These are chat archives for FreeCodeCamp/DataScience

17th
Oct 2017
Akash Malla
@mallaakash
Oct 17 2017 01:43
@erictleung thanks .
but there is no specific format of writing resumes ...so the resumes i received does not follow any standard ...so its becoming tricky for me ....to extract...can you suggest something in this senario.
CamperBot
@camperbot
Oct 17 2017 01:43
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Davide Andreazzini
@david1983
Oct 17 2017 08:28
Davide Andreazzini
@david1983
Oct 17 2017 08:37
you can run the following function against your resumes and then use the entities

# Imports the Google Cloud client library
from google.cloud import language
from google.cloud.language import enums
from google.cloud.language import types

def entity_sentiment_text(text):
    """Detects entity sentiment in the provided text."""
    client = language.LanguageServiceClient()

    if isinstance(text, six.binary_type):
        text = text.decode('utf-8')

    document = types.Document(
        content=text.encode('utf-8'),
        type=enums.Document.Type.PLAIN_TEXT)

    # Detect and send native Python encoding to receive correct word offsets.
    encoding = enums.EncodingType.UTF32
    if sys.maxunicode == 65535:
        encoding = enums.EncodingType.UTF16

    result = client.analyze_entity_sentiment(document, encoding)

    for entity in result.entities:
        print('Mentions: ')
        print(u'Name: "{}"'.format(entity.name))
        for mention in entity.mentions:
            print(u'  Begin Offset : {}'.format(mention.text.begin_offset))
            print(u'  Content : {}'.format(mention.text.content))
            print(u'  Magnitude : {}'.format(mention.sentiment.magnitude))
            print(u'  Sentiment : {}'.format(mention.sentiment.score))
            print(u'  Type : {}'.format(mention.type))
        print(u'Salience: {}'.format(entity.salience))
        print(u'Sentiment: {}\n'.format(entity.sentiment))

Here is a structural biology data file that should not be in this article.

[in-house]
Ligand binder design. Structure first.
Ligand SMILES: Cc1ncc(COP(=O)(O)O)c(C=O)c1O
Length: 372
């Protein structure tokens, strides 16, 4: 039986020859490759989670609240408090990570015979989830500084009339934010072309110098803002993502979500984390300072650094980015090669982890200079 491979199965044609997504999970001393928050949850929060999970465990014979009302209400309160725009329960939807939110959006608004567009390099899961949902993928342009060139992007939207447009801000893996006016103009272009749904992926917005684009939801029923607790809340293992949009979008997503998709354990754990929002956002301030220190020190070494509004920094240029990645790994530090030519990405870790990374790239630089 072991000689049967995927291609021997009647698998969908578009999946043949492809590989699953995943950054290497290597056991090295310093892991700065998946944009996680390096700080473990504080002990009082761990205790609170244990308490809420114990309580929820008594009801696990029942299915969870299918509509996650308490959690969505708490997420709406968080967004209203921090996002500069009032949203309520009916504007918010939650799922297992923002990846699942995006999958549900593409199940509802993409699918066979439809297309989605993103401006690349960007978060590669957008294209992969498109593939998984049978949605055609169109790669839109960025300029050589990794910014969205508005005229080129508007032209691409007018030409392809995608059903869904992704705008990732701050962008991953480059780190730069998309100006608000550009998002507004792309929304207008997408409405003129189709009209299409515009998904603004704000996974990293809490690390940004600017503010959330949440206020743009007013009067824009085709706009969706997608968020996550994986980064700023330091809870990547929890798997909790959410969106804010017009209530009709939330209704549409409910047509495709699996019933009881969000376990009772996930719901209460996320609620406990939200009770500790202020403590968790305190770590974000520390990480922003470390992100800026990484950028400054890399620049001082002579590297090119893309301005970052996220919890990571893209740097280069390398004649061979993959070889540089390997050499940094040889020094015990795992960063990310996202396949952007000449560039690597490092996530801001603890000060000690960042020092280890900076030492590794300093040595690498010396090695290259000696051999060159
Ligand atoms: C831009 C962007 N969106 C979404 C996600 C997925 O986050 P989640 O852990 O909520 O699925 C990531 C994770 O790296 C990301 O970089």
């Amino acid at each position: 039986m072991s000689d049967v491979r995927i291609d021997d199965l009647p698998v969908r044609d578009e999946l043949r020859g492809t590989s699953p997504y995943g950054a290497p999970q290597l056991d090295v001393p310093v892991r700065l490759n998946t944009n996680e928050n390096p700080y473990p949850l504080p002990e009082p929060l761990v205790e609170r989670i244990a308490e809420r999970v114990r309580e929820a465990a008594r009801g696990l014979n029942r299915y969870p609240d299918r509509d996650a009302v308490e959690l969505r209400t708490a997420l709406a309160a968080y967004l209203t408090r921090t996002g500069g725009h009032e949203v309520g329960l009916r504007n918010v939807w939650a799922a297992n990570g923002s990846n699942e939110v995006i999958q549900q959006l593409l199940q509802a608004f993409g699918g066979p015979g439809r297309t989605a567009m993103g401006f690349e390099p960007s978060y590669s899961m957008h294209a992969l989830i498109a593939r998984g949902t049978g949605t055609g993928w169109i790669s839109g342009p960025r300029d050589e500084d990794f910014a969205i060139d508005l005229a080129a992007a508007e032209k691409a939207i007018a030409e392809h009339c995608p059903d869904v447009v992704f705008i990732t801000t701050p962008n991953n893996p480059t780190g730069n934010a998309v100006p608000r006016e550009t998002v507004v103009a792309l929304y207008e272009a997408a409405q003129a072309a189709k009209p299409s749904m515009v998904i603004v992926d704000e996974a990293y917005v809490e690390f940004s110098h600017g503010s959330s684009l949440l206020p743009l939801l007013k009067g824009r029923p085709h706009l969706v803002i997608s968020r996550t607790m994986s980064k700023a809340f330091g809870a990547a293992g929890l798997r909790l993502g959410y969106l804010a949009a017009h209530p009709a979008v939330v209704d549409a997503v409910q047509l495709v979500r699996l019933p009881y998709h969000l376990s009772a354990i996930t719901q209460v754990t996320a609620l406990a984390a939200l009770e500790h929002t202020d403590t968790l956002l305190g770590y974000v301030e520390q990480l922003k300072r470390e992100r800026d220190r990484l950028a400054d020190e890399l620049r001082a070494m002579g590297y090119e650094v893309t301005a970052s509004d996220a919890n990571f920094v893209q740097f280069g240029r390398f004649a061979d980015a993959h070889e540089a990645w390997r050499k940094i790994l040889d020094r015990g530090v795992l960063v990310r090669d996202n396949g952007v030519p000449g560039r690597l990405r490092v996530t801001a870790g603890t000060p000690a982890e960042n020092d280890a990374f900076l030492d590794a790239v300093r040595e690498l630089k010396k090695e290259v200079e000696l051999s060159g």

evaristoc
@evaristoc
Oct 17 2017 09:17

@david1983 thanks for the introduction to google cloud language! Not sure if the approach for the @mallaakash 's case though. I haven't used the tool so I don't know if that it is applicable either.

@mallaakash

  • First of all : what are you planning to extract from the resumes exactly, if we can know? Qualifications and Skills?
  • Second: are you using a dictionary/vocabulary to compare against? Data is semi-structured, so one usual way is to have a template vocabulary that reflects your search. Something to compare against and in your case indicating the main keywords that would guide your search. That is the basis of text mining.
  • Regarding the sector of your interest, I have investigated a few companies' usual practices recently. Eg.: https://www.textkernel.com/nl/ (also in English). If I am not wrong, Textkernel would have a large database of words related to different sectors, classified accordingly. They would also implement different parsing schemes based on cumulative experience on how people would usually create a resume. So there is not one parsing, but many. The good news is that, again, data is semi-structured: no everyone writes a resume the same way but there are few standards that are widely accepted, so parsing is hard but not impossible, if you are ready to deal with false positives/negatives.
  • Based on the last comment, it is likely you will have to be prepared for manual work. This parsing will be similar to web crawlers: everything will be ok until you find an exception or that someone changed something.
  • If you have a lot of resumes, computer power, time and enough money, I would be tented to suggest you to use something like recurrent or even convolutional neural networks. They would detect the common structures of the resumes, which I estimate could help you to detect where the main keywords could be found. This is just an idea though.

Be aware that the creation of the vocabulary and the parsing could be a long term task. If you can, try to find a template somewhere. But that is why the number of companies in the sector hasn't grown exponentially - they need the data (the vocabularies, the parsing and the classifiers). Although more and more available, not everyone has it.

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@camperbot
Oct 17 2017 09:17
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Nagilla Venkatesh
@nagillavenkatesh
Oct 17 2017 10:04
Hi all, Can anyone help me in ELT(Extract, Load and Transform) in Amazon Redshift
evaristoc
@evaristoc
Oct 17 2017 14:59
@nagillavenkatesh
It is SQL : https://aws.amazon.com/redshift. What do you exactly need? If you are using it it is because you are handling a lot of data, most likely structured, if I understand correctly.